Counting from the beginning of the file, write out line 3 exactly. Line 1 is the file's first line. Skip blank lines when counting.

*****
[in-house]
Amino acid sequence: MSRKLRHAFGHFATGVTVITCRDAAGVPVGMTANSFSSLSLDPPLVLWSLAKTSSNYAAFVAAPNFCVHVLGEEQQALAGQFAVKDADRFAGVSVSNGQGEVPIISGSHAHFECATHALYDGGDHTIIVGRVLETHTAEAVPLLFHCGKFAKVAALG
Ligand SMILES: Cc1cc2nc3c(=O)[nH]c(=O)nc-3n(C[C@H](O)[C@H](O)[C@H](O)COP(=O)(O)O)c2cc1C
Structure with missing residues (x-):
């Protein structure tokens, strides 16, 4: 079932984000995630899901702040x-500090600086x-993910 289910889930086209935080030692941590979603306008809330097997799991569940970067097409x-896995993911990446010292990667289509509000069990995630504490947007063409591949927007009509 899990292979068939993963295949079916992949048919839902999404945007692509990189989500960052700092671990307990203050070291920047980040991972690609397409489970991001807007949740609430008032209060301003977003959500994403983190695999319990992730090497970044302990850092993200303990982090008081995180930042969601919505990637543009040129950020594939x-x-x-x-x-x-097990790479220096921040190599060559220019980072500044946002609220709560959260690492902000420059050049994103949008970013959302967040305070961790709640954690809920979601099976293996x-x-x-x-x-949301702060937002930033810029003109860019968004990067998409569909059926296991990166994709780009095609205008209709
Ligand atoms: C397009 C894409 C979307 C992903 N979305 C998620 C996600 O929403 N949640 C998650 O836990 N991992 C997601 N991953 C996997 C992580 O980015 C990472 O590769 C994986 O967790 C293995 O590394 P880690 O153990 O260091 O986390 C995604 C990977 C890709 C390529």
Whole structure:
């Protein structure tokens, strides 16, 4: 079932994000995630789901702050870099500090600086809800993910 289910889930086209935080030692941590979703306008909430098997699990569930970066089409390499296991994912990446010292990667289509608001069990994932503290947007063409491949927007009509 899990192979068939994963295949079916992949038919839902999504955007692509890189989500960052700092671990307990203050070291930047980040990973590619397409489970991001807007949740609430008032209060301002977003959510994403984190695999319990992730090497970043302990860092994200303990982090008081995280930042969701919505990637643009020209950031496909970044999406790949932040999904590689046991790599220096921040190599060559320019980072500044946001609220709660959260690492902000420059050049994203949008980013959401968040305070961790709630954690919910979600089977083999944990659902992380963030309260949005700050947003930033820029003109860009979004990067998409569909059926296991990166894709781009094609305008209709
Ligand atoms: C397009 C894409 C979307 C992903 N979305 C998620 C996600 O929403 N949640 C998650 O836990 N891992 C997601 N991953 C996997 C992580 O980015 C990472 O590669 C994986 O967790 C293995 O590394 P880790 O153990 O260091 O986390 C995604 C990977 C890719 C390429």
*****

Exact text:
Ligand SMILES: Cc1cc2nc3c(=O)[nH]c(=O)nc-3n(C[C@H](O)[C@H](O)[C@H](O)COP(=O)(O)O)c2cc1C